Graeber agrees that there is a fictive, imaginary relationship between them – and he says that people project all sorts of desires when they meet with the foreigners; we observe here strange and perverse desires as they find these foreigners different from them, however we know that the precondition for building solidarity with the refugees is the feeling of equality and togetherness. Another thing is that people like to see the refugees as victims, they sympathize with them until the certain moment, they imagine themselves in a similar situation which causes them to have empathy, until the moment when these poor refugees start feeling good. Then their hosts’ feelings change, they start having certain doubts in regards to these refugees, now the question is- how do we overcome this feeling?”

Graeber also elaborates on  the term migration  which immediately invokes one of the central political, social, humanitarian and cultural issues of our time.  It conjures images of people on cramped boats approaching the Italian island of Lampedusa and of people trying to jump on board lorries to cross the English Channel; images of dead bodies floating in the sea and of places left behind, turned to rubble; images of refugee camps from Dadaab in Kenya, the size of Minneapolis, to the infamous ‘Jungle’ in Calais. The notion of migration is intrinsically linked to questions of mobility and access as it evokes various performances of borders—for some they are porous, almost flexible, and for others they are impenetrable. The fences erected along the US and Mexican border and the India and Pakistani border, the checkpoints and walls separating Israel from the West Bank, the razor-barbed wire the Hungarian government installed on the border with Serbia to stop the influx of refugees: all these elements map the most extreme aspects of migratory geographies, playing out over and over again the Derridian hospitality/hostility paradox. Here, I’m quoting David Graeber again:

The notion of Other does not include only fear but also the attraction which we feel towards the Other. Whenever I’ve read the Levinas observations about the face, human face I was hearing him, in a paradoxical way, as we are all the same, in the sense that we all come from mankind, that they are all different. Levinas wishes to point to the absolute uniqueness of each of us, of each face which we cannot entirely assimilate, which causes certain pain but also an awareness in us that everyone is unique and special. And that it forms a part of the humanizing process, makes us human, this sort of constant appropriation of awareness that every human being is unique. As an anthropologist I am in a constant process of studying the Other and I am constantly aware that the Other is different and that we are constantly of the verge of an abyss of not understanding other culture, and the so called  Other- we are reaching here the point of limitation in us- I often do not understand my own brother who is a great unknown to me.”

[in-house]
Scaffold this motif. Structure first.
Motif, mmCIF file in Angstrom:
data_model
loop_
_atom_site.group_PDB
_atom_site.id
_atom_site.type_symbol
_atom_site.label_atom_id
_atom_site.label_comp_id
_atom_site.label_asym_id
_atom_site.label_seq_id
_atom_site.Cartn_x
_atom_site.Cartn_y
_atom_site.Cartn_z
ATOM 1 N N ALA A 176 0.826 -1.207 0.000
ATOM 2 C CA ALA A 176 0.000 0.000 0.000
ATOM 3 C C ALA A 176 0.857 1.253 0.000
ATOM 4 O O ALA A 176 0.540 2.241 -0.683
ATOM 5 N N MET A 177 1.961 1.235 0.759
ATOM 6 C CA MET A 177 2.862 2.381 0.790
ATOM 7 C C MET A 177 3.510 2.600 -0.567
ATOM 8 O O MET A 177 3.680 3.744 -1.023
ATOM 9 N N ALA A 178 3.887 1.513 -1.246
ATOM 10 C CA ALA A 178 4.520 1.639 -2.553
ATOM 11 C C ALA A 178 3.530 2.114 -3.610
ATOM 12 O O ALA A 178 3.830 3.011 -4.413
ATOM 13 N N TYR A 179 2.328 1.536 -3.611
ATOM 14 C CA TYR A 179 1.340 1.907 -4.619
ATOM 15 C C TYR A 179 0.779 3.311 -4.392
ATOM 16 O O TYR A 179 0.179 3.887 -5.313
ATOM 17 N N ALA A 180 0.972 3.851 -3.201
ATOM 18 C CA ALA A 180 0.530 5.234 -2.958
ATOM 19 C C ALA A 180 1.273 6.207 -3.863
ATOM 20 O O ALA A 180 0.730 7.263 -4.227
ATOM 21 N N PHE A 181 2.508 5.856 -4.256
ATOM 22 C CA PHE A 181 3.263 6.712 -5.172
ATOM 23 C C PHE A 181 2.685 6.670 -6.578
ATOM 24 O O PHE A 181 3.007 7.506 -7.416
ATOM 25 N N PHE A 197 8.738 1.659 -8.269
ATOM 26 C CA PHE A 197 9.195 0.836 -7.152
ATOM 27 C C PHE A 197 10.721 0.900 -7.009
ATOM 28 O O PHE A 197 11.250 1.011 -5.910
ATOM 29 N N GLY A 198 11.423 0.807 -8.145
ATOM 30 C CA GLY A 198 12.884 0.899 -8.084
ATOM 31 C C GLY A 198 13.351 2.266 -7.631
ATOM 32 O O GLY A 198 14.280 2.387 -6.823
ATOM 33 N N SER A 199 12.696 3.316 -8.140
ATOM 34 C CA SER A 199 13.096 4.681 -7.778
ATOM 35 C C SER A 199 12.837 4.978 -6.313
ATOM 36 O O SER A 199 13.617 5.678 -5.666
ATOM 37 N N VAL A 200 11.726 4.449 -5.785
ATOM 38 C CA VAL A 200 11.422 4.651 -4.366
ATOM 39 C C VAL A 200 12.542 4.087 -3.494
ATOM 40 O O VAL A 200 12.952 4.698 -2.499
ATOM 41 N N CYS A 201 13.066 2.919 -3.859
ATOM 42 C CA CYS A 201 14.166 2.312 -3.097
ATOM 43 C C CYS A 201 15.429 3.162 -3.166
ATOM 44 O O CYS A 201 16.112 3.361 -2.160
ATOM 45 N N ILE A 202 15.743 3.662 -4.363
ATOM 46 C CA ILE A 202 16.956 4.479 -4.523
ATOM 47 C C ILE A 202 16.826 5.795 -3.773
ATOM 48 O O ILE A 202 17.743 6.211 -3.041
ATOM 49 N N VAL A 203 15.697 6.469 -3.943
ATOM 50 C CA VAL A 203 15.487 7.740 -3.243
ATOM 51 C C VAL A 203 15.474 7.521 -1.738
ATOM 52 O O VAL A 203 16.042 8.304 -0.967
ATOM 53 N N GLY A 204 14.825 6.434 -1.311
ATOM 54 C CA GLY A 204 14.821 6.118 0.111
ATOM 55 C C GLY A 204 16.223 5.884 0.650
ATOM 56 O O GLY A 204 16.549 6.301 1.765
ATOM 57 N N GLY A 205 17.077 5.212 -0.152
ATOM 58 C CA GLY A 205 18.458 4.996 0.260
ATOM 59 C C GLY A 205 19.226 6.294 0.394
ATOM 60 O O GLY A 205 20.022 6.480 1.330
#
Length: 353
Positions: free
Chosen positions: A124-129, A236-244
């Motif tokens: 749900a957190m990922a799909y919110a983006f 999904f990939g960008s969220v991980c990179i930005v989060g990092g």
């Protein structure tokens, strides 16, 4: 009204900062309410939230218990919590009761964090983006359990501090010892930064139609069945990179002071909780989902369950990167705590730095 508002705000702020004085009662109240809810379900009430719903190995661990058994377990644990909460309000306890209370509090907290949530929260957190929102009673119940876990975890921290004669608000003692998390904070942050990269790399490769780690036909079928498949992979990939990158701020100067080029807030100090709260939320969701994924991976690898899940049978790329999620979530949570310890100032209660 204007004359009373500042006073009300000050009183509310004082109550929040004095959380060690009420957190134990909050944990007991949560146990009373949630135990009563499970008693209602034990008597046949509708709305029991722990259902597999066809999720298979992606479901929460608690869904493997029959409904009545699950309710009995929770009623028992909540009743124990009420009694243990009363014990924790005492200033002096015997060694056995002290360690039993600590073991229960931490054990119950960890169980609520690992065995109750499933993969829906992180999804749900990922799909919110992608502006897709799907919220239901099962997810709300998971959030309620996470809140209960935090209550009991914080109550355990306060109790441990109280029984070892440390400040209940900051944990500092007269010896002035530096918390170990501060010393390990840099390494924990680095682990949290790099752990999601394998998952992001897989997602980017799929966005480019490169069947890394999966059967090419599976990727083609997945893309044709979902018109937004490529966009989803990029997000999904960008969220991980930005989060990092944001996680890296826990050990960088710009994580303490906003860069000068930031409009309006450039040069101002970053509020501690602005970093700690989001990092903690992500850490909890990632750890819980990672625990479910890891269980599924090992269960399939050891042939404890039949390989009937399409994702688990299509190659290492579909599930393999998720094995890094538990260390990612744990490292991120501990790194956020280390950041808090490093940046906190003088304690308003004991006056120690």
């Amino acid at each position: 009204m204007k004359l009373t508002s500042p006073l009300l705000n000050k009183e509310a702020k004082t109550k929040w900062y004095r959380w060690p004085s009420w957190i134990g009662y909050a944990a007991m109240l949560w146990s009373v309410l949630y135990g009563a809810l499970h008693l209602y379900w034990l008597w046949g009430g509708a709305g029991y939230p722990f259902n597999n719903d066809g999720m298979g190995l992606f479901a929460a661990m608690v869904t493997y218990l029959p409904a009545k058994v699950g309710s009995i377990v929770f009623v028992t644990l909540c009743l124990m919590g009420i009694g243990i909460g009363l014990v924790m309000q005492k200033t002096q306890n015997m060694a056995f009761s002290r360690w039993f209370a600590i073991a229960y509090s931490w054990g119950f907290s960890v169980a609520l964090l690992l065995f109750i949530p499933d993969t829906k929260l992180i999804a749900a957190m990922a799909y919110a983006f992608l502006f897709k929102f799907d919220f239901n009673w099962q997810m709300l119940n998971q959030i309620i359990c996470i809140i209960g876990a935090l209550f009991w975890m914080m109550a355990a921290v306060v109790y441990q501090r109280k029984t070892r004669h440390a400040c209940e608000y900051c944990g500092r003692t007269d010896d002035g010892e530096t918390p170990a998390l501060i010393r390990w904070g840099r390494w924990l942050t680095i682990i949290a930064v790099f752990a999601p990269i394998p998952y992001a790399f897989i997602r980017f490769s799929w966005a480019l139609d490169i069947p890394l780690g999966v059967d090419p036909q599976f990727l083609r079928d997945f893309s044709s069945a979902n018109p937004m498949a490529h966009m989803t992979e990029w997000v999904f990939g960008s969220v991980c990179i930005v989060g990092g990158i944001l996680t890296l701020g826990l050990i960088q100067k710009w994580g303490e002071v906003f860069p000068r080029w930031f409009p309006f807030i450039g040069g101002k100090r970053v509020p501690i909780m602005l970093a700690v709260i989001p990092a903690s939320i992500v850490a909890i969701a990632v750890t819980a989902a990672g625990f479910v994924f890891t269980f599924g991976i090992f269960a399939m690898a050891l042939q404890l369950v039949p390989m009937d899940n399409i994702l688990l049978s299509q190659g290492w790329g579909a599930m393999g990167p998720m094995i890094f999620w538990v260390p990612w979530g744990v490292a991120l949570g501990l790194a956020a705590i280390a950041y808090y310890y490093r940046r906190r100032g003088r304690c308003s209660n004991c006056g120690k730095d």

When asked to  reflect upon  Karl Marx’s economic postulates which would ultimately claim that the refugees and the migrants are not such a weight or burden on Europe,Graeber explained that these  could be a source of investment for Europe which needs a greater working force.That force is neither physical nor ‘intellectual’ , and it represents “the force of immaterial labor” as Tony Negri called it. Graeber further continues :.” if I could draw a certain parallel- in North America the situation is clear: until recently all immigrants without papers there had a status which was worse than any pariah’s- they were not allowed to vote nor they had any other rights.  They did not have a syndicate which would allow them to speak out, and only recently there started a movement for civil rights which allows for these people to speak out. At the same time the immigration coming from Mexico becomes ever prominent in the US, and the politicians on the top are constantly reflecting whether they should throw them out of the country or not- they cannot agree on this issue- and what these immigrants are today is exactly what the capitalist class has always been fighting for: to have a group of people who have no legal rights and who don’t have a workers’ syndicate capable of defending their rights.  As they don’t even have a right to have a syndicate, these people are in a legal limbo.  So here we are talking about work which is legally outlawed. These illegal workers have no rights and they swim in the waters where everyone can throw them out at any moment and this is exactly what the capitalists want. “

 This problematic is widely explored in Silvina Landsmann’s experimental film HOTLINE which describes a daily work of a NGO in Tel Aviv, the agency which fights for human rights of the migrants coming from Sudan and Eritrea to Israel.The questions of right for the asylum and the feelings of non-hospitality in the nation composed entirely of refugees are raised here. But not only domain of film treats the problem of migrant workers- the medium of theatre  always treats the problematics of the Double and has started recently conceiving its role as the major mediator between the Double and the Other. Several issues are at stake here. As Graeber again pertinently remarked, one of